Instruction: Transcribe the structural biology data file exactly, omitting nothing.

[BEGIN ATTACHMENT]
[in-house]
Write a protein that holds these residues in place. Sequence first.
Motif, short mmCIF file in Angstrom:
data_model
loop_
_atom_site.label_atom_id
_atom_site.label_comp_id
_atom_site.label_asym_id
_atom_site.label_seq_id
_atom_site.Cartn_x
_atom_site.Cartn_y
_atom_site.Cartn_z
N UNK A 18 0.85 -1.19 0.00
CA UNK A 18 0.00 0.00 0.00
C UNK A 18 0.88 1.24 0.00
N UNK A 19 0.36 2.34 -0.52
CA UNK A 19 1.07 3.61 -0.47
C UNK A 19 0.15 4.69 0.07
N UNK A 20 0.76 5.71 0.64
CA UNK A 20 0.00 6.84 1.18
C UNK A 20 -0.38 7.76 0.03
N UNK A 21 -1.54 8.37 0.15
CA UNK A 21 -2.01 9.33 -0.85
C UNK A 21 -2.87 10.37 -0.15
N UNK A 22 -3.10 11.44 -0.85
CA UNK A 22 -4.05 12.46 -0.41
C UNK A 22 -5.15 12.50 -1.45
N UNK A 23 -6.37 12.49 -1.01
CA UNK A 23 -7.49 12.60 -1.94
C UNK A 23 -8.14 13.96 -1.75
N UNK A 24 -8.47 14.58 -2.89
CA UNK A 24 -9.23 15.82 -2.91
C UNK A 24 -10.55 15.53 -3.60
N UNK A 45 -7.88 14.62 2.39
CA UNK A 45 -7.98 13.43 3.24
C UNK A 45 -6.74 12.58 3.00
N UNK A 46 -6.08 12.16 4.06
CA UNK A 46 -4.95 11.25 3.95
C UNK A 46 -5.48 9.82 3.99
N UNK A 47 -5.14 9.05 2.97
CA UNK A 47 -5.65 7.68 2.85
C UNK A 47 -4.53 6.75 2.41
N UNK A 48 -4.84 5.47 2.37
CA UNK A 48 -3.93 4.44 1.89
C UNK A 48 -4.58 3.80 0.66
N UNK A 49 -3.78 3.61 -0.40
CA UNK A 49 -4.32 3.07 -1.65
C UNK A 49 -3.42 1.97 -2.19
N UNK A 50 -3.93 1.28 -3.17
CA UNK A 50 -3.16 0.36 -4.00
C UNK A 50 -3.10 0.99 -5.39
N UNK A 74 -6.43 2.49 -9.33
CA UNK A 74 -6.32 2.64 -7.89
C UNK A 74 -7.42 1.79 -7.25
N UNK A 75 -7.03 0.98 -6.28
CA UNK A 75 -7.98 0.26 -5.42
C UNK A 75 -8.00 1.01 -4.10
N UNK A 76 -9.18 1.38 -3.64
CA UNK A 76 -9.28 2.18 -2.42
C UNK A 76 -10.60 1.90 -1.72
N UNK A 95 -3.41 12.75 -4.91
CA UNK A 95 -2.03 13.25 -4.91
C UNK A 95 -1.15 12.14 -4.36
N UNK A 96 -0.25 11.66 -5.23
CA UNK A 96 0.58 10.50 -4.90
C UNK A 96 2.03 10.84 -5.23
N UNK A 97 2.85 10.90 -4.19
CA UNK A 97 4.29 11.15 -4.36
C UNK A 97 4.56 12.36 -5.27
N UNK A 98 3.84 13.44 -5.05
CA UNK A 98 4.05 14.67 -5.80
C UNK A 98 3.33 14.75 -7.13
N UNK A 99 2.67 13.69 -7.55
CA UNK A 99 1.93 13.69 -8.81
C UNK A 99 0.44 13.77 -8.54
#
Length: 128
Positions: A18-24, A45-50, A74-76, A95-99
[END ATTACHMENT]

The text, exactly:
[in-house]
Write a protein that holds these residues in place. Sequence first.
Motif, short mmCIF file in Angstrom:
data_model
loop_
_atom_site.label_atom_id
_atom_site.label_comp_id
_atom_site.label_asym_id
_atom_site.label_seq_id
_atom_site.Cartn_x
_atom_site.Cartn_y
_atom_site.Cartn_z
N UNK A 18 0.85 -1.19 0.00
CA UNK A 18 0.00 0.00 0.00
C UNK A 18 0.88 1.24 0.00
N UNK A 19 0.36 2.34 -0.52
CA UNK A 19 1.07 3.61 -0.47
C UNK A 19 0.15 4.69 0.07
N UNK A 20 0.76 5.71 0.64
CA UNK A 20 0.00 6.84 1.18
C UNK A 20 -0.38 7.76 0.03
N UNK A 21 -1.54 8.37 0.15
CA UNK A 21 -2.01 9.33 -0.85
C UNK A 21 -2.87 10.37 -0.15
N UNK A 22 -3.10 11.44 -0.85
CA UNK A 22 -4.05 12.46 -0.41
C UNK A 22 -5.15 12.50 -1.45
N UNK A 23 -6.37 12.49 -1.01
CA UNK A 23 -7.49 12.60 -1.94
C UNK A 23 -8.14 13.96 -1.75
N UNK A 24 -8.47 14.58 -2.89
CA UNK A 24 -9.23 15.82 -2.91
C UNK A 24 -10.55 15.53 -3.60
N UNK A 45 -7.88 14.62 2.39
CA UNK A 45 -7.98 13.43 3.24
C UNK A 45 -6.74 12.58 3.00
N UNK A 46 -6.08 12.16 4.06
CA UNK A 46 -4.95 11.25 3.95
C UNK A 46 -5.48 9.82 3.99
N UNK A 47 -5.14 9.05 2.97
CA UNK A 47 -5.65 7.68 2.85
C UNK A 47 -4.53 6.75 2.41
N UNK A 48 -4.84 5.47 2.37
CA UNK A 48 -3.93 4.44 1.89
C UNK A 48 -4.58 3.80 0.66
N UNK A 49 -3.78 3.61 -0.40
CA UNK A 49 -4.32 3.07 -1.65
C UNK A 49 -3.42 1.97 -2.19
N UNK A 50 -3.93 1.28 -3.17
CA UNK A 50 -3.16 0.36 -4.00
C UNK A 50 -3.10 0.99 -5.39
N UNK A 74 -6.43 2.49 -9.33
CA UNK A 74 -6.32 2.64 -7.89
C UNK A 74 -7.42 1.79 -7.25
N UNK A 75 -7.03 0.98 -6.28
CA UNK A 75 -7.98 0.26 -5.42
C UNK A 75 -8.00 1.01 -4.10
N UNK A 76 -9.18 1.38 -3.64
CA UNK A 76 -9.28 2.18 -2.42
C UNK A 76 -10.60 1.90 -1.72
N UNK A 95 -3.41 12.75 -4.91
CA UNK A 95 -2.03 13.25 -4.91
C UNK A 95 -1.15 12.14 -4.36
N UNK A 96 -0.25 11.66 -5.23
CA UNK A 96 0.58 10.50 -4.90
C UNK A 96 2.03 10.84 -5.23
N UNK A 97 2.85 10.90 -4.19
CA UNK A 97 4.29 11.15 -4.36
C UNK A 97 4.56 12.36 -5.27
N UNK A 98 3.84 13.44 -5.05
CA UNK A 98 4.05 14.67 -5.80
C UNK A 98 3.33 14.75 -7.13
N UNK A 99 2.67 13.69 -7.55
CA UNK A 99 1.93 13.69 -8.81
C UNK A 99 0.44 13.77 -8.54
#
Length: 128
Positions: A18-24, A45-50, A74-76, A95-99